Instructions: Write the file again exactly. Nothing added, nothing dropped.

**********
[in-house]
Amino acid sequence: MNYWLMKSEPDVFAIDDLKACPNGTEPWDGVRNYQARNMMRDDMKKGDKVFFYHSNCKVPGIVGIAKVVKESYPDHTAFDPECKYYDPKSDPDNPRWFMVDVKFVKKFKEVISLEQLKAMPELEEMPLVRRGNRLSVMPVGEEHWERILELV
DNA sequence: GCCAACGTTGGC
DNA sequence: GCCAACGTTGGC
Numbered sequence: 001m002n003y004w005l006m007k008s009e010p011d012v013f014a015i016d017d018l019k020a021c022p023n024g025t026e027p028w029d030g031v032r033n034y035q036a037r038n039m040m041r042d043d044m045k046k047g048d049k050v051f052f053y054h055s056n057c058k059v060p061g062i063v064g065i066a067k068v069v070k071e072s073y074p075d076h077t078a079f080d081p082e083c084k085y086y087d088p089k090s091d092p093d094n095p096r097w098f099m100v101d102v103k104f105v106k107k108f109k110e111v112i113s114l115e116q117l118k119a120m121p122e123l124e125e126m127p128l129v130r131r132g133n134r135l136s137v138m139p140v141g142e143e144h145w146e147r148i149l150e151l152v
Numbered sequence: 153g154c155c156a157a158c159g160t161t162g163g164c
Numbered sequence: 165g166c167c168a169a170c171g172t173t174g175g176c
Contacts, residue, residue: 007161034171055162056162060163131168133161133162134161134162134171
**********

[in-house]
Amino acid sequence: MNYWLMKSEPDVFAIDDLKACPNGTEPWDGVRNYQARNMMRDDMKKGDKVFFYHSNCKVPGIVGIAKVVKESYPDHTAFDPECKYYDPKSDPDNPRWFMVDVKFVKKFKEVISLEQLKAMPELEEMPLVRRGNRLSVMPVGEEHWERILELV
DNA sequence: GCCAACGTTGGC
DNA sequence: GCCAACGTTGGC
Numbered sequence: 001m002n003y004w005l006m007k008s009e010p011d012v013f014a015i016d017d018l019k020a021c022p023n024g025t026e027p028w029d030g031v032r033n034y035q036a037r038n039m040m041r042d043d044m045k046k047g048d049k050v051f052f053y054h055s056n057c058k059v060p061g062i063v064g065i066a067k068v069v070k071e072s073y074p075d076h077t078a079f080d081p082e083c084k085y086y087d088p089k090s091d092p093d094n095p096r097w098f099m100v101d102v103k104f105v106k107k108f109k110e111v112i113s114l115e116q117l118k119a120m121p122e123l124e125e126m127p128l129v130r131r132g133n134r135l136s137v138m139p140v141g142e143e144h145w146e147r148i149l150e151l152v
Numbered sequence: 153g154c155c156a157a158c159g160t161t162g163g164c
Numbered sequence: 165g166c167c168a169a170c171g172t173t174g175g176c
Contacts, residue, residue: 007161034171055162056162060163131168133161133162134161134162134171